Clement had the luxury of an early lead, which allowed him to take a deep breath and relax. The Marlins collected two runs on five hits over 7 2/3 innings off Clement, who became the first Cubs starter other than Kerry Wood and Mark Prior to win a playoff game.
"His pitch count was low, he was efficient," Cubs catcher Damian Miller said. "He got strike one and he was able to work ahead in the count. There were only a couple times when he missed. I just told him to get back in the strike zone and be aggressive and trust your stuff and he did that tonight."
He may have been aggressive on the mound but he was peaceful in the dugout.
"I just prayed between innings to keep relaxing," Clement said, "and that's the most relaxed I've been for a start in a long time, not just because it's the playoffs but in any start. I just went out and tried to do my job and not get caught up in what was going on."
The game was over shortly after it began. Willis helped the Cubs continue their first-inning scoring trend. The rookie walked the bases loaded with one out in the Cubs first, issuing free passes to Lofton, Sammy Sosa and Moises Alou. Ramirez fell behind 0-2 in the count, then launched a 2-2 pitch from the rookie into the left-field seats for his second postseason home run.
"To put those guys on, base on balls, that's ridiculous," Florida manager Jack McKeon said. "Let them hit the ball. Let them earn it."
Ramirez did. It's the seventh grand slam in LCS history, the most recent coming exactly five years ago on Oct. 11, 1998, when Atlanta's Andres Galarraga connected. Ramirez had hit three grand slams in his young career, and none this year.
"He's a professional hitter, a professional player," Alou said of Ramirez. "He's done awesome since he's been here and since the first couple months of the season. He started real slow and now he's been swinging real well the past four, five months."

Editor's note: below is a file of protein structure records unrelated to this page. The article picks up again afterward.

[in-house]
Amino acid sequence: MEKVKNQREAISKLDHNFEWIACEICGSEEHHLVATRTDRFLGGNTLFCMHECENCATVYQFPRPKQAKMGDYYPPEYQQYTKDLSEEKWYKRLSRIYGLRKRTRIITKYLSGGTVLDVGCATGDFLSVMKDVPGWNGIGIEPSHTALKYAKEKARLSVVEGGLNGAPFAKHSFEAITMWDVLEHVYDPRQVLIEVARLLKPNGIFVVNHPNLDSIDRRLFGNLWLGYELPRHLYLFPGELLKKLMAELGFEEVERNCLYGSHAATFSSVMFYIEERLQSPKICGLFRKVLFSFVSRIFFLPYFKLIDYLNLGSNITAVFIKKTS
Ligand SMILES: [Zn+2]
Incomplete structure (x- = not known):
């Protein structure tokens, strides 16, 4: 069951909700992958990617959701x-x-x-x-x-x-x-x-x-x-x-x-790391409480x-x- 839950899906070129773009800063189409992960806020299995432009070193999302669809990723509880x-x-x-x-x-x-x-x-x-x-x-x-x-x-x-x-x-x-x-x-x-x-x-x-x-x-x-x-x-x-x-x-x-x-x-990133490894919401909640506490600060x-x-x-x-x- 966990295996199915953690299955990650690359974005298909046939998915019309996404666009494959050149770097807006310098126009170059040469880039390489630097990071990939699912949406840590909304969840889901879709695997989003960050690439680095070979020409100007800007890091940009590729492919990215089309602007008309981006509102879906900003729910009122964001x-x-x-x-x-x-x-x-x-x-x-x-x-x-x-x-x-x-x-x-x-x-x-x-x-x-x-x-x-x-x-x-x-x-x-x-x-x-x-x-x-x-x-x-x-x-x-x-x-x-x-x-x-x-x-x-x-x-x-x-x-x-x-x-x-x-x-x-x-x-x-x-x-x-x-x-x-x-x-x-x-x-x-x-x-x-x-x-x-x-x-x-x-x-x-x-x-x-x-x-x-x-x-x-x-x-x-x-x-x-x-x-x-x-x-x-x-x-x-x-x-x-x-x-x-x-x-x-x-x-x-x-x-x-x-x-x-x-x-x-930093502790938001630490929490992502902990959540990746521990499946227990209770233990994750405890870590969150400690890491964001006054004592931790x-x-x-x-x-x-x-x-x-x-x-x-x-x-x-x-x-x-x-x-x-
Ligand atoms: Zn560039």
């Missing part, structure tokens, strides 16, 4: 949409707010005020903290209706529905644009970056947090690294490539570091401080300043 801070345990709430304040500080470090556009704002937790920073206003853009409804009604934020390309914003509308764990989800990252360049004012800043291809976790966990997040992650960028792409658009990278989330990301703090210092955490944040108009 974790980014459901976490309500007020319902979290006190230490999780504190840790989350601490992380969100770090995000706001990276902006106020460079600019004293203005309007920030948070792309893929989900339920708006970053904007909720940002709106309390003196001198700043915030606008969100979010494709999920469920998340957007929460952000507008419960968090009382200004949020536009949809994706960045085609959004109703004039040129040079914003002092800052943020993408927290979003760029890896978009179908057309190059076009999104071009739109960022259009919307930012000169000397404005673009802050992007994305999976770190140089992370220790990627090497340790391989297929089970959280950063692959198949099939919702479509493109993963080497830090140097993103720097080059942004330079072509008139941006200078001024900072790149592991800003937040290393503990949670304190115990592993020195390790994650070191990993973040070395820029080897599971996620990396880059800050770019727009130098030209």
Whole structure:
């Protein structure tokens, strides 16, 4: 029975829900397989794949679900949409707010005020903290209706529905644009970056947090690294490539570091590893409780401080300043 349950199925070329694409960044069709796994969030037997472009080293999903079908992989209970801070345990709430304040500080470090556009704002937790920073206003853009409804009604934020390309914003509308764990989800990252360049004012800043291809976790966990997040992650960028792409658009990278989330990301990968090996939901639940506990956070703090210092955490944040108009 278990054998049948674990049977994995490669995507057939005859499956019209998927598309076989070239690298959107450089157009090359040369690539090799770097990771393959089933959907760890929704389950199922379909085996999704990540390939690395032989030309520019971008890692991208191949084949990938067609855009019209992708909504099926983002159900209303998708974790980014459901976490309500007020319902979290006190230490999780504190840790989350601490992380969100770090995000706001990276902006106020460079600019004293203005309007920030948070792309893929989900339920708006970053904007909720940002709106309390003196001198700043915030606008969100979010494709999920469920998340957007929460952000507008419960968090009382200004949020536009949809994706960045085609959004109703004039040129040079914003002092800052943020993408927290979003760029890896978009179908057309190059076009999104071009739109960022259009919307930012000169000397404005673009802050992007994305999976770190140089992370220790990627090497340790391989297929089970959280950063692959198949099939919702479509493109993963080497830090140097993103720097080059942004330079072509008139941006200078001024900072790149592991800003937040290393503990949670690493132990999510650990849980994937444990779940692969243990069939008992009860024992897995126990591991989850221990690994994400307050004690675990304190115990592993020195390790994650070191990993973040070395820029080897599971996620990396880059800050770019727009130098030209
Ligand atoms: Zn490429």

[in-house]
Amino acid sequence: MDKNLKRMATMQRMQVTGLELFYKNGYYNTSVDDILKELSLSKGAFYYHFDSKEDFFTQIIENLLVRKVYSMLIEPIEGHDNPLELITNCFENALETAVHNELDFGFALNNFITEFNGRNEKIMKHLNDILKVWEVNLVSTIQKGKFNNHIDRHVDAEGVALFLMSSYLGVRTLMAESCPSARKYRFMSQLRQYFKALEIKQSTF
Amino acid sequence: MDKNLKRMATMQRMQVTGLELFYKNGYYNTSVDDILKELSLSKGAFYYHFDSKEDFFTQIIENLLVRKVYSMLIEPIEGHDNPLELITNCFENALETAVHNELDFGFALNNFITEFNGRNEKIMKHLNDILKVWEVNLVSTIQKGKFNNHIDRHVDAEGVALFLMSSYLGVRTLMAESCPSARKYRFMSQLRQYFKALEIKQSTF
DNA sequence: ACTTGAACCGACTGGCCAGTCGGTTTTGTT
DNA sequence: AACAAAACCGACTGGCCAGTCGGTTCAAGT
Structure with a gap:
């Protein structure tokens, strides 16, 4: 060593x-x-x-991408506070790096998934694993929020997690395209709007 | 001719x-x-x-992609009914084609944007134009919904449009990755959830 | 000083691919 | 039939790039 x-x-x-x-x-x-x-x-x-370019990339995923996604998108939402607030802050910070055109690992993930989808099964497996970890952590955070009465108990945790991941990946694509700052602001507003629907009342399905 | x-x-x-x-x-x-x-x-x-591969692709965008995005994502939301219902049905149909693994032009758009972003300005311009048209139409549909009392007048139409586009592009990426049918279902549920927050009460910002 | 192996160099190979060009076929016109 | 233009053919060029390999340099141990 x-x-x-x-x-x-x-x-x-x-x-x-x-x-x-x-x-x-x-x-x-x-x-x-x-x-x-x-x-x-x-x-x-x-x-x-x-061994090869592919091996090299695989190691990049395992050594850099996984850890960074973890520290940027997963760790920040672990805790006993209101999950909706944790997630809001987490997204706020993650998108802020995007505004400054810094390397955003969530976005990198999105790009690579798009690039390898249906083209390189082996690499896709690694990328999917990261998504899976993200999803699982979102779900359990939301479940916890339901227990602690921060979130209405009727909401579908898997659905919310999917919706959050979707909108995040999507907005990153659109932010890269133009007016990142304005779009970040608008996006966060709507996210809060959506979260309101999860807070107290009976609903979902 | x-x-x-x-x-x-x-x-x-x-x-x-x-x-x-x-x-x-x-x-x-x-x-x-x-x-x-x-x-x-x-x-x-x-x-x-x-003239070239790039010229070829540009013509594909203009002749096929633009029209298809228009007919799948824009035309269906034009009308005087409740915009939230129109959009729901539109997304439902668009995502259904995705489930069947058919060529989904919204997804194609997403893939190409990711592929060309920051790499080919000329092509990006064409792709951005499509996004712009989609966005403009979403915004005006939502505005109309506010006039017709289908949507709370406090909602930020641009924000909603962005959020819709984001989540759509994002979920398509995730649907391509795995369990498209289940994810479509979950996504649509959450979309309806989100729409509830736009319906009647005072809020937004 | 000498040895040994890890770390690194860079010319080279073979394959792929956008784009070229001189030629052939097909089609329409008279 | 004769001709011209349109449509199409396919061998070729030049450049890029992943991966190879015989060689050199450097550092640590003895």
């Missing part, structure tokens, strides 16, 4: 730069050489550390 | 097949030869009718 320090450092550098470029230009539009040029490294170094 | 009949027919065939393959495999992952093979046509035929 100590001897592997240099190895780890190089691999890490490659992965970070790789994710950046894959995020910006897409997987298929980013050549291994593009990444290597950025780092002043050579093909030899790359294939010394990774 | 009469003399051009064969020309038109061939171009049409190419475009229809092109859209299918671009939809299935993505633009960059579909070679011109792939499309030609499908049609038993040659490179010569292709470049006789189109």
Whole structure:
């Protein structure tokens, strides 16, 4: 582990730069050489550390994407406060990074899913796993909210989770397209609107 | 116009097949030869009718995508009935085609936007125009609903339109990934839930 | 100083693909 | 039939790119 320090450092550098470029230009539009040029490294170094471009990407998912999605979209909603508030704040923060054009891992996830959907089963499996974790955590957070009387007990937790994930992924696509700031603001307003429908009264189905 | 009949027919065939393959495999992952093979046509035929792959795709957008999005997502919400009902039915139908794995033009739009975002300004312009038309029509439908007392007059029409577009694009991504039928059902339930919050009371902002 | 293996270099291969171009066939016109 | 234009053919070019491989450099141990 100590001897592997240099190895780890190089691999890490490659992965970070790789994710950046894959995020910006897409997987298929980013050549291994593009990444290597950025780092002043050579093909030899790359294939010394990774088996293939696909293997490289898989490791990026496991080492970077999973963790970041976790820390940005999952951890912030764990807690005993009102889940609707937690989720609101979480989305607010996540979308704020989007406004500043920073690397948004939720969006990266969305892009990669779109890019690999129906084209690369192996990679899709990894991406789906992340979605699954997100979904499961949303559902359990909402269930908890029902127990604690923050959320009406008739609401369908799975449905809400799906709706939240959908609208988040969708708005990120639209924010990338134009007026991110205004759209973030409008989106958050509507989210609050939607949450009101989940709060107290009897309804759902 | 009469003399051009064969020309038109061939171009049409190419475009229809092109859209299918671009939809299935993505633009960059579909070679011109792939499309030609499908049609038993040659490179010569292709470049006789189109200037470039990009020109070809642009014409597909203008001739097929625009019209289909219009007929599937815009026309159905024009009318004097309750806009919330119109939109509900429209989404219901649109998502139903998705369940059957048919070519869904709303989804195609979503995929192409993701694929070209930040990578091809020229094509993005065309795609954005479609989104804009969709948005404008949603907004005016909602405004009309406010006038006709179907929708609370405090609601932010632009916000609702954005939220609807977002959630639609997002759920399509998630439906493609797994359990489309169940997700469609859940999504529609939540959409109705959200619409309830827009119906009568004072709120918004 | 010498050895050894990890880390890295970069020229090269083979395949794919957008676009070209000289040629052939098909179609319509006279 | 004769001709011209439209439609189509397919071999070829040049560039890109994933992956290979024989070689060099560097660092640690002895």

Chicago has outscored Florida 11-0 in the first inning in the four games, and Lofton has helped get things started. In nine playoff games this fall, he has scored six first-inning runs.
"It seems like Kenny's on base every start this postseason," Clement said.
"You just have to get on base and whatever happens, happens," Lofton said.
The Cubs weren't finished. Ramirez added an RBI single in the third to open a 5-0 lead. Willis walked Eric Karros to load the bases with one out and then he was finished. Alex Gonzalez greeted Rick Helling with an RBI single to make it 6-0.
"I just told myself it was 0-0. It was a game where you had to keep your focus," Clement said.
Alou hit a two-out RBI single in the Cubs fourth, driving in Lofton. It was Lofton's seventh run scored in the series, tying a team record set by Phil Cavarretta in the 1945 World Series.
This was the first time the Cubs have won three straight postseason games since they swept the Detroit Tigers to win the 1907 World Series. The Cubs also won it all the next year, their last World Series championship.
That could change this year.
"I think they all know what's at stake [Sunday]," Miller said. "They all know what direction we're headed. There's no doubts in our mind we can do this. But the guys in the other dugout, that's a pretty good team. We have to come out and play our game. Hopefully, we can score early like we have been and Carlos can throw strikes and good things will happen."
What about Chicago? Can it handle the Cubs in the World Series?
"We haven't won in 95 years. It's going to be crazy out there," Ramirez said. "They deserve it."
Carrie Muskat is a reporter for MLB.com. This story was not subject to approval by Major League Baseball or its clubs.